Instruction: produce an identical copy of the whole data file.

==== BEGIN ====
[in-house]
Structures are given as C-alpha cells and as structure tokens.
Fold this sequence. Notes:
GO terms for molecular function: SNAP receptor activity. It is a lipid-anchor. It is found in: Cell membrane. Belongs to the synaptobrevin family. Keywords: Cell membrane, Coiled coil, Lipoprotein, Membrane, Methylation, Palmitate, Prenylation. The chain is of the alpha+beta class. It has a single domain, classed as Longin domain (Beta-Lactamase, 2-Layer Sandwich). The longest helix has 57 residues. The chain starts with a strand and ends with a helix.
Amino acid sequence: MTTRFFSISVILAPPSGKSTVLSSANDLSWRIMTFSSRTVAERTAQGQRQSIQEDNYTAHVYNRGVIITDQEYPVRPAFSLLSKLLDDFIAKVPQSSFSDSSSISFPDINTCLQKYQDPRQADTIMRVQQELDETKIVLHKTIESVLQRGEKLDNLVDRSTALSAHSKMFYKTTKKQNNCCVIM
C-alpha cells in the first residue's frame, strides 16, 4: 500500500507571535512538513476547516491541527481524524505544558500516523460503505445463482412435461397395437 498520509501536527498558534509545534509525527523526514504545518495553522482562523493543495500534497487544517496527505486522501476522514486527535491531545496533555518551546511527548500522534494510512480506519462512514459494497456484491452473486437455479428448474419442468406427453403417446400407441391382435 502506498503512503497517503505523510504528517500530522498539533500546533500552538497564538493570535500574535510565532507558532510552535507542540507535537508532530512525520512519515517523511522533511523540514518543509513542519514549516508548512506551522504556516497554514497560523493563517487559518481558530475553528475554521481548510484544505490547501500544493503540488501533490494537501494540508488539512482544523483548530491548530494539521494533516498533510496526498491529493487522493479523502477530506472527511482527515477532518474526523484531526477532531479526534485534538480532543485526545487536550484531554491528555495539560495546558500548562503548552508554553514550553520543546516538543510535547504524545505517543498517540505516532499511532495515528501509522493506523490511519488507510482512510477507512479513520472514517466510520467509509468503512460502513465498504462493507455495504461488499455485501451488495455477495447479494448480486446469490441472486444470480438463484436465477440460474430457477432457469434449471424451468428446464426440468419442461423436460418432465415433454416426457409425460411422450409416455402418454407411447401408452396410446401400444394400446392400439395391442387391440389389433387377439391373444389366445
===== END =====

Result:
[in-house]
Structures are given as C-alpha cells and as structure tokens.
Fold this sequence. Notes:
GO terms for molecular function: SNAP receptor activity. It is a lipid-anchor. It is found in: Cell membrane. Belongs to the synaptobrevin family. Keywords: Cell membrane, Coiled coil, Lipoprotein, Membrane, Methylation, Palmitate, Prenylation. The chain is of the alpha+beta class. It has a single domain, classed as Longin domain (Beta-Lactamase, 2-Layer Sandwich). The longest helix has 57 residues. The chain starts with a strand and ends with a helix.
Amino acid sequence: MTTRFFSISVILAPPSGKSTVLSSANDLSWRIMTFSSRTVAERTAQGQRQSIQEDNYTAHVYNRGVIITDQEYPVRPAFSLLSKLLDDFIAKVPQSSFSDSSSISFPDINTCLQKYQDPRQADTIMRVQQELDETKIVLHKTIESVLQRGEKLDNLVDRSTALSAHSKMFYKTTKKQNNCCVIM
C-alpha cells in the first residue's frame, strides 16, 4: 500500500507571535512538513476547516491541527481524524505544558500516523460503505445463482412435461397395437 498520509501536527498558534509545534509525527523526514504545518495553522482562523493543495500534497487544517496527505486522501476522514486527535491531545496533555518551546511527548500522534494510512480506519462512514459494497456484491452473486437455479428448474419442468406427453403417446400407441391382435 502506498503512503497517503505523510504528517500530522498539533500546533500552538497564538493570535500574535510565532507558532510552535507542540507535537508532530512525520512519515517523511522533511523540514518543509513542519514549516508548512506551522504556516497554514497560523493563517487559518481558530475553528475554521481548510484544505490547501500544493503540488501533490494537501494540508488539512482544523483548530491548530494539521494533516498533510496526498491529493487522493479523502477530506472527511482527515477532518474526523484531526477532531479526534485534538480532543485526545487536550484531554491528555495539560495546558500548562503548552508554553514550553520543546516538543510535547504524545505517543498517540505516532499511532495515528501509522493506523490511519488507510482512510477507512479513520472514517466510520467509509468503512460502513465498504462493507455495504461488499455485501451488495455477495447479494448480486446469490441472486444470480438463484436465477440460474430457477432457469434449471424451468428446464426440468419442461423436460418432465415433454416426457409425460411422450409416455402418454407411447401408452396410446401400444394400446392400439395391442387391440389389433387377439391373444389366445